This NASF-AESF Foundation research project has been ongoing since April 2019 but was unavoidably interrupted by the SARS CoV-2 pandemic of 2020-21. This report (1) re-introduces the project and (2) covers all of the work thru June 2021. The project focuses on an electrochemical, destructive treatment strategy for the remediation of relevant PFASs in electroplating wastewater. The overall objective is to utilize a cost-effective reactive electrochemical membrane (REM) for the removal of PFAS from synthetic electroplating wastewater.
Department of Chemical Engineering
University of Illinois at Chicago
Chicago, Illinois, USA
Editor’s Note: NASF-AESF Foundation research project report R-120 has been ongoing since April 2019 but was unavoidably interrupted by the SARS CoV-2 pandemic of 2020-21. This report (1) re-introduces the project and (2) covers all of the work thru June 2021 on this project at the University of Illinois at Chicago. A printable PDF version of this report is available by clicking HERE.
Part 1 – Introduction to the Project Work
Per- and polyfluoroalkyl substances (PFASs) are a class of chemicals that have unique properties that impart oil and water repellency. As a result, PFASs have been used as coatings for textiles, paper products and consumer packaging, as well as for metal plating1 and in various other industries (e.g., semiconductors, automotive, construction).2 As a result of the widespread use of PFASs and their resistance to destructive treatment and biodegradation, these compounds are ubiquitous in the environment.3 There is growing evidence of their toxicity to humans.4 In response, the Environmental Protection Agency (EPA) has issued a combined Health Advisory Level for perfluorooctanoic acid (PFOA) and perfluorooctanesulfonate (PFOS) of 70 ng/L, and several states have endorsed standards for these and other PFASs.4 However, due to its ability to act as mist suppressant, PFOS has been used for metal finishing and electroplating applications in the form of tetraethylammonium PFOS salt (CAS #56773-42-3).5 New formulations have been introduced that utilize other polyfluoralkyl substances (e.g., 6:2 fluorotelomer sulfonate (6:2 FTS)) in place of PFOS. Given the health concerns and emerging regulatory standards of PFASs, reliable low-cost methods for destructive removal of PFOS and other PFASs are greatly needed.6
The overall objective of this work is to utilize a cost-effective reactive electrochemical membrane (REM) for the removal of PFAS from synthetic electroplating wastewater. The REM is a patent-pending technology that utilizes a conductive ceramic electrode material with micron-sized pores to electrochemically oxidize or reduce contaminants in a flow-through operation. Specific technical objectives associated with the proposed work include:
Achieving these objectives will provide the necessary data to determine if the REM system is competitive with other treatment options and thus will allow for the pursuit of further funding from industry and other funding agencies. Specific technical questions are stated below.
Question 1: Can adsorbent materials be added to REMs to produce next generation REMs with enhanced sorption capacities for PFAS?
Question 2: What is the best mode of operation for optimal REM performance for PFAS removal?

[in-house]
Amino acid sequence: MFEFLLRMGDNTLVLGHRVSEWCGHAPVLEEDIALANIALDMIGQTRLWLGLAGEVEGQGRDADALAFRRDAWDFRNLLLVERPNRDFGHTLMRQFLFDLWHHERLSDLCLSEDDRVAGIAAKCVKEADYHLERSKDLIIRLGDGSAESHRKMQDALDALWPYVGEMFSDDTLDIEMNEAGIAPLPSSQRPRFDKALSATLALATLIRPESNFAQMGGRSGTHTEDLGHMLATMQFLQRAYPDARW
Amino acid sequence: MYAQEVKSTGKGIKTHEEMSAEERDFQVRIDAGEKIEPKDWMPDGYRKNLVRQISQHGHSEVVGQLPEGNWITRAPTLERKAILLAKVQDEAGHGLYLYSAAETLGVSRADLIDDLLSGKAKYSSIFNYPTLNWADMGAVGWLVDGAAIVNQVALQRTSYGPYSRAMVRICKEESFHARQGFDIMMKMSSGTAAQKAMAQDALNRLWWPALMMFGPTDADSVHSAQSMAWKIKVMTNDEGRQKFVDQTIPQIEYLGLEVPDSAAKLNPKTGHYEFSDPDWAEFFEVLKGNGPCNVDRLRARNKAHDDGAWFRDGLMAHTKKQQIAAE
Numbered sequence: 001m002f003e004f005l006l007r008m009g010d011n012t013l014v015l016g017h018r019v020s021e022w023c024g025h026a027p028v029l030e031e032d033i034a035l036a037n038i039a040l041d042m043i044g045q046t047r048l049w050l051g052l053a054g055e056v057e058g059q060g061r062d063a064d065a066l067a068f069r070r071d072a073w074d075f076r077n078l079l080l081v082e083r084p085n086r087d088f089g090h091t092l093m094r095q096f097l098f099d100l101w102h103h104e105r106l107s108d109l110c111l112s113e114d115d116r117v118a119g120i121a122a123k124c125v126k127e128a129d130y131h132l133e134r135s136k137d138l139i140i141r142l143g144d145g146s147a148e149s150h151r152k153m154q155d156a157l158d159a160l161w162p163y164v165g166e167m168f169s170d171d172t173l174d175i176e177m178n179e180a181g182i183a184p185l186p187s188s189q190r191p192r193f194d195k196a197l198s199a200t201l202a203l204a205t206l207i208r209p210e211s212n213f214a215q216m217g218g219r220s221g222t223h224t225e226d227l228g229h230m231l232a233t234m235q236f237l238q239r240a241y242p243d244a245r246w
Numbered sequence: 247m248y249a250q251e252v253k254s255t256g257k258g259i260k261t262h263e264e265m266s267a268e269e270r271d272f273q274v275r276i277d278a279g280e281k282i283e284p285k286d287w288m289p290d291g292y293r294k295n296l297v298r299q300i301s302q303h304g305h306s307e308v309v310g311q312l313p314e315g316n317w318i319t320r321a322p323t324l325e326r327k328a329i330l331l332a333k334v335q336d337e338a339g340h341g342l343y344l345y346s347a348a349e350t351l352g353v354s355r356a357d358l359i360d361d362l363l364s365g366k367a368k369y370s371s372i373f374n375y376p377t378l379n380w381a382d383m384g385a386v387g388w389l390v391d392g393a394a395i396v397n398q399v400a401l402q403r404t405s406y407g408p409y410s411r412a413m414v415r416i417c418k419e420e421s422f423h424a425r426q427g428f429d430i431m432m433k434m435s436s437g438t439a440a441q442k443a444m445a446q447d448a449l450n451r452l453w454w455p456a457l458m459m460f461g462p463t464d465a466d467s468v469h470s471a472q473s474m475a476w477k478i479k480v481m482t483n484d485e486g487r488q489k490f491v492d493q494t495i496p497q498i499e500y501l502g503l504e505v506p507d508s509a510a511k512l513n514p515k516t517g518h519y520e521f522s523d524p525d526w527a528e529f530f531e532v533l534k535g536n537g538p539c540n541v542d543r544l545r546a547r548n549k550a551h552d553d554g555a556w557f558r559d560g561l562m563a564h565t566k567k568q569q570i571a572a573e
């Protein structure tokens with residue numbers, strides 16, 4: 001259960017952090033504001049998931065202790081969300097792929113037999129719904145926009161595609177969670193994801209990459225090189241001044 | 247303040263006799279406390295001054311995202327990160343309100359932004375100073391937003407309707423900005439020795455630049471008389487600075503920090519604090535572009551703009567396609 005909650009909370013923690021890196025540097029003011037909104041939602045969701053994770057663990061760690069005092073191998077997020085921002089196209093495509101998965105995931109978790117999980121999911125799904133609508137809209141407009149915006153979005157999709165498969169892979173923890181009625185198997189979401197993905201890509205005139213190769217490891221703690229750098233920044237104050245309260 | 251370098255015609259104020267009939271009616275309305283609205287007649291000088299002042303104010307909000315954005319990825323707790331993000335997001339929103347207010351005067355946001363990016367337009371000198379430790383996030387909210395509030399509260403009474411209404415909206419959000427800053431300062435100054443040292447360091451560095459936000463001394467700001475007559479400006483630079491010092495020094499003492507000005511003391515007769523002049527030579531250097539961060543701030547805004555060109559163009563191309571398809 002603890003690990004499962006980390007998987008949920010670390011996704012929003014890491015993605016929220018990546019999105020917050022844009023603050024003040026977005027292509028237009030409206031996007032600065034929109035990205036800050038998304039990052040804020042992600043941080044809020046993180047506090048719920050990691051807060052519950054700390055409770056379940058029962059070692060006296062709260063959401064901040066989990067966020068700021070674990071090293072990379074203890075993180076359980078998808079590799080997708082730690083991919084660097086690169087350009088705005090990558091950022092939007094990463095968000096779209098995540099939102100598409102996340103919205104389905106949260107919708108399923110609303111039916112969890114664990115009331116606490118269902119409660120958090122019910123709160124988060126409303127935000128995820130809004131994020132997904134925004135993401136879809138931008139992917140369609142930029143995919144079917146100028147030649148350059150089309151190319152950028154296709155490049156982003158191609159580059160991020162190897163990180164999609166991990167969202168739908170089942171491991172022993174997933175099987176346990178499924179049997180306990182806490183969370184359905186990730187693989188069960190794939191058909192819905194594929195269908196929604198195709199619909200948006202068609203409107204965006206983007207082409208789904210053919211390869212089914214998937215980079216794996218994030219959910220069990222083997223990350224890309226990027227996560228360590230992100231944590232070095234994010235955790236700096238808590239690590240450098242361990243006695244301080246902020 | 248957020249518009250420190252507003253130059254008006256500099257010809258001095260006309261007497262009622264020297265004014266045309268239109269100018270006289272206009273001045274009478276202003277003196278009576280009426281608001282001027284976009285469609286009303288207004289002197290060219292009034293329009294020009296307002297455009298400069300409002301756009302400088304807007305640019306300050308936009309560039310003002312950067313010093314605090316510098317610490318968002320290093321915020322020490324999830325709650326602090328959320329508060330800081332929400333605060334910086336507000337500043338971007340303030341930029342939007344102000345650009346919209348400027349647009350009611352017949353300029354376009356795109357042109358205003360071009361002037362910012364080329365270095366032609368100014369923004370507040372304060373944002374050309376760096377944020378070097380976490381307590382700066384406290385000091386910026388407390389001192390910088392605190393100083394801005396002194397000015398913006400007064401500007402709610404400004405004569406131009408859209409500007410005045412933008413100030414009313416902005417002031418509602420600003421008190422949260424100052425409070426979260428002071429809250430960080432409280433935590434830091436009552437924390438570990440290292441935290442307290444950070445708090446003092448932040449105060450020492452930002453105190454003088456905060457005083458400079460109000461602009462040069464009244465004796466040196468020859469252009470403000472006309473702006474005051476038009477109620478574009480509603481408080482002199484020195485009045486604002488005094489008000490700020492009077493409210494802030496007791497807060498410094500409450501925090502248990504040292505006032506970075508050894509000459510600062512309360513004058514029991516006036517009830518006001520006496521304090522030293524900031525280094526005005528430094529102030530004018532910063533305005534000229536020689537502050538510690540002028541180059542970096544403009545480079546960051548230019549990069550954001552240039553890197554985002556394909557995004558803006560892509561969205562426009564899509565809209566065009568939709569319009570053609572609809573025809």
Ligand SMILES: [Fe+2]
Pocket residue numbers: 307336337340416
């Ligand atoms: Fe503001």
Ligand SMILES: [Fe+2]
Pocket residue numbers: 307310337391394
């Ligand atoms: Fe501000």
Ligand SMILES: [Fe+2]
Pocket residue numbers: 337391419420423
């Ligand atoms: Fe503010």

Question 3: Will the REMs be a technically effective and cost-efficient remediation strategy for PFAS-containing electroplating wastewater?
2. Related work
In this work, we are investigating the technical and economic feasibility of using REMs for treatment of synthetic electroplating wastewater containing PFAS. A schematic of one possible configuration of a REM unit is shown in Fig. 1(a). The concentric porous cathode/anode tubes shown in the figure are made of solid Ti4O7 (25 mm cathode OD; 200 mm long; pore size ~1.0 μm; porosity ~30%). Depending on the treatment objective or the need to remove carbonate scale from the cathode, the anode and cathode can be switched by changing the polarity of the direct current (DC) voltage, without any physical manipulation of the device.
Figure 1 – (a) Schematic diagram of a concentric cylindrical reactive electrochemical membrane (REM) used for the treatment of PFAS in liquid streams. The flow configuration is outside-in, dead end, filtration mode; (b) results for removal rates at 2.9 VSHE for PFOS (red diamonds) and PFOA (blue circles) oxidation in the REM as a function of permeate flux (electrolyte 100 mM K2HPO4). Starting concentrations for PFOA and PFOS were both 10 μM.8
The REM was used to degrade PFOA and PFOS in single-pass mode as a function of permeate flux (L/m2/hr (LMH)). The removal rates were calculated and are shown versus the permeate flux in Fig. 1(b). These results are very promising compared to other treatment methods. For example, at a permeate flux of 720 LMH the removal rates were 2436 and 3415 μmol/m2/hr for PFOA and PFOS, respectively.8 This permeate flux corresponded to a 3.8 sec residence time in the reactor and achieved 50 and 40% removal of PFOA and PFOS, respectively.8 Optimal energy consumption per log removal of 5.1 kWh/m3 for PFOA and 6.7 kWh/m3 for PFOS was achieved.8 The rate constants for PFOA and PFOS removal (607 and 210 per hr, respectively) in our work were over 100 times higher than previously reported for other treatment technologies, with energy consumptions that were a factor of ten lower.8
3. Technical approach
The work plan consists of REM synthesis, a series of bench-scale experimental studies that will determine optimal operating conditions for PFAS oxidation in synthetic electroplating wastewater samples, and a preliminary energy cost assessment. Experimental parameters that will be explored include: (1) adsorption capacity, (2) necessary residence time in the reactor, (3) needed membrane surface area per water volume treated and (4) energy usage (kWh/m3 water treated). The results will provide proof-of-concept that the REM technology is suitable for the treatment of PFOS in electroplating wastewater.